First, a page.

Why do we always begin each worship service with “In the name of the Father, and of the Son and of the Holy Spirit”?
This introductory phrase, called the “invocation,” is the best way for Trinitarian Christians to begin worship for two reasons: the the power of God’s name, and the presence of Christ. This three-fold name, Father, Son, and Holy Spirit, is the very name that was put on us in our baptism when we became children of God. So we cross ourselves, symbolically binding this name to us, to remind ourselves that God has washed us and made us his own by the power of his Word, binding us to Christ forever. The Christian life begins at baptism, with the name of God, and thus our worship, which serves as a mini-drama or microcosm of the Christian life, begins the same way. This is what it means to “call upon the name of the Lord,” (Genesis 4:26), and, as the second commandment forbids us from misusing the name of the Lord, so we as Christians have the responsibility to use God’s name properly. This is done when we, as Luther says in the Small Catechism, “call upon it in every trouble, pray, praise, and give thanks.” Jesus said, in Matthew 18, “For where two or three are gathered in my name, there am I among them.” So we formally declare that we are gathering in His name, that of the Triune God, because we believe that when we do gather, Christ himself is truly present among us. We don’t worship Jesus as if he were a nice idea or somehow chained to the throne up in heaven incapable of leaving to visit us. Instead, we believe, teach, and confess that through the Word of God and the means of grace, Christ himself is heard speaking to us (the Service of the Word) and seen giving himself to us (the Service of the Sacrament). Many churches today worship Jesus as if he were somewhere else, as if our spirits ascend up into heaven to commune with God there. But in our churches, we believe that instead that Christ himself comes down to us, through the ministry he sent out into the church, to personally bless us with his gifts of forgiveness, life, and salvation.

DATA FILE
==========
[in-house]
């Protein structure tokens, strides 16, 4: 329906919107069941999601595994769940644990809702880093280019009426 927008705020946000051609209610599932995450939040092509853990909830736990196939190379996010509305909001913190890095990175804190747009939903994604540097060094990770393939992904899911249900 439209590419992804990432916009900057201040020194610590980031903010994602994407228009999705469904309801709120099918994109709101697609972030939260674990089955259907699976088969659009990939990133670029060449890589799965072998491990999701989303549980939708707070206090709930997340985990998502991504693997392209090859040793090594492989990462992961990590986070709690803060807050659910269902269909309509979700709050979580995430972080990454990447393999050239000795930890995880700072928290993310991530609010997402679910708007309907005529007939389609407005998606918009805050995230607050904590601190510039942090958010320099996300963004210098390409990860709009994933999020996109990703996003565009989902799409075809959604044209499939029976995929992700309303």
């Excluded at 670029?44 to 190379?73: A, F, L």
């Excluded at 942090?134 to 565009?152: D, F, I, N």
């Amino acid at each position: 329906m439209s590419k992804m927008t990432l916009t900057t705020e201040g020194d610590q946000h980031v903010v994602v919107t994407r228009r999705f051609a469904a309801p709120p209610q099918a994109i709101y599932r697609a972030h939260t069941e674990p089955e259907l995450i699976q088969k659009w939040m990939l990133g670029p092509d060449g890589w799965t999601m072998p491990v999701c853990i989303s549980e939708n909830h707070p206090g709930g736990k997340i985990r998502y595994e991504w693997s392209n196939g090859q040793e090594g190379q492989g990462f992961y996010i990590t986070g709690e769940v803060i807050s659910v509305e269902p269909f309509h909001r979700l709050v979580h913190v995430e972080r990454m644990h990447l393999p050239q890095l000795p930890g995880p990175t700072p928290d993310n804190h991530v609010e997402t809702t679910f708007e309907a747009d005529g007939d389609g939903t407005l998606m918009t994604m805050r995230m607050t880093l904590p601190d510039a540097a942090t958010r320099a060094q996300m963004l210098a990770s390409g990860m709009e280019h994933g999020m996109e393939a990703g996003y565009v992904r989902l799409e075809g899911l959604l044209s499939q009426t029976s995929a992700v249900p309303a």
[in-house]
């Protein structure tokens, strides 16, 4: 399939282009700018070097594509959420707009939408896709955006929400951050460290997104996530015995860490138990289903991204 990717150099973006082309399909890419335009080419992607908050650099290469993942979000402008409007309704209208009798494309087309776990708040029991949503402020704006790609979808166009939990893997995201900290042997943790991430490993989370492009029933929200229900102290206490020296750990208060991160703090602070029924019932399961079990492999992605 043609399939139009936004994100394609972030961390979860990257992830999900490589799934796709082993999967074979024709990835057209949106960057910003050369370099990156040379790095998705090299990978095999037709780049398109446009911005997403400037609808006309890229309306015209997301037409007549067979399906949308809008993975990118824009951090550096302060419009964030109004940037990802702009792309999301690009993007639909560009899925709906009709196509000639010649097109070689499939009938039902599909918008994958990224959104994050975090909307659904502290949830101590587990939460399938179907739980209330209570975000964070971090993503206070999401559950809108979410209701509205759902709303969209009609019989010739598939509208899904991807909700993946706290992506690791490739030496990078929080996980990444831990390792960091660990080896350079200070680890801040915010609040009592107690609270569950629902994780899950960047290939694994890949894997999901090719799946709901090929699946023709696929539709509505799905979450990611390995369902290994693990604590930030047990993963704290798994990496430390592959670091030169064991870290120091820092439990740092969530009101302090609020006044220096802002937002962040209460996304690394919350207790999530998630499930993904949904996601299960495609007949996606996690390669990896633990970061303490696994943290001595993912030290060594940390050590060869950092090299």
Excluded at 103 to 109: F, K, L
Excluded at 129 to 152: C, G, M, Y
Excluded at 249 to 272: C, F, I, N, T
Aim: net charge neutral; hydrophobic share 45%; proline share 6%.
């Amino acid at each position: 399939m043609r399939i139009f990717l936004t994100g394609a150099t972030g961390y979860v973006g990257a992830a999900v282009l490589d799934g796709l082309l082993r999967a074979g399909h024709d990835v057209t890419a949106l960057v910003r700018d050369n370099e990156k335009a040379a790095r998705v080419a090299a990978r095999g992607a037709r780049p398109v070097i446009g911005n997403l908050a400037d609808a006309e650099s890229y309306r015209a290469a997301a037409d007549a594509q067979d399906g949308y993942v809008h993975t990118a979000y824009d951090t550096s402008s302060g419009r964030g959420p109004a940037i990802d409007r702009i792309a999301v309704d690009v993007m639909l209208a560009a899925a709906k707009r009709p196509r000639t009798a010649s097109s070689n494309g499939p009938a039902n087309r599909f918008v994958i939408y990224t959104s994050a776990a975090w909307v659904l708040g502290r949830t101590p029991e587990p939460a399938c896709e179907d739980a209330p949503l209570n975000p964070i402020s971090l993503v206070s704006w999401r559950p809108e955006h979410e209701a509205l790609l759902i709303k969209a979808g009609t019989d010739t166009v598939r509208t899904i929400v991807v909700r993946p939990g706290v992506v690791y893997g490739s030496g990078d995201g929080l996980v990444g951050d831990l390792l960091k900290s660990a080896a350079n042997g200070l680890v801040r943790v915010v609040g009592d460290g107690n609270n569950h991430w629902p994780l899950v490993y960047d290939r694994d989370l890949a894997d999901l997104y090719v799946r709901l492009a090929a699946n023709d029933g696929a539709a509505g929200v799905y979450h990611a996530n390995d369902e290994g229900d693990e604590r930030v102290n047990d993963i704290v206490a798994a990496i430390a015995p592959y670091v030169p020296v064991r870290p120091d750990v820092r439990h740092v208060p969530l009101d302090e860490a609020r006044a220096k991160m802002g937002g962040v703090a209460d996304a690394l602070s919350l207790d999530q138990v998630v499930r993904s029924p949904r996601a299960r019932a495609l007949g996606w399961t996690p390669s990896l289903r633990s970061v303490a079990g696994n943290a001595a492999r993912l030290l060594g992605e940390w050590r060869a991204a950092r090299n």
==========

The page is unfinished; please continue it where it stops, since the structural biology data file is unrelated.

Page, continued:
From the Large Catechism: on the Second Commandment: This command now leads us forward and directs the mouth and tongue to God. For the first things that spring from the heart and show themselves are words [Matthew 12:34]. ...for His name has been revealed and given to us so that it may be of constant use and profit. ...this commandment also applies to right teaching and to calling on His name in trouble or praising and thanking Him in prosperity, and so on. All of this is summed up and commanded in Psalm 50:15, “Call upon me in the day of trouble; I will deliver you, and you shall glorify Me.” For all this is bringing God’s name into the service of truth and using it in a blessed way. In this way His name is hallowed, as we pray in the Lord’s Prayer.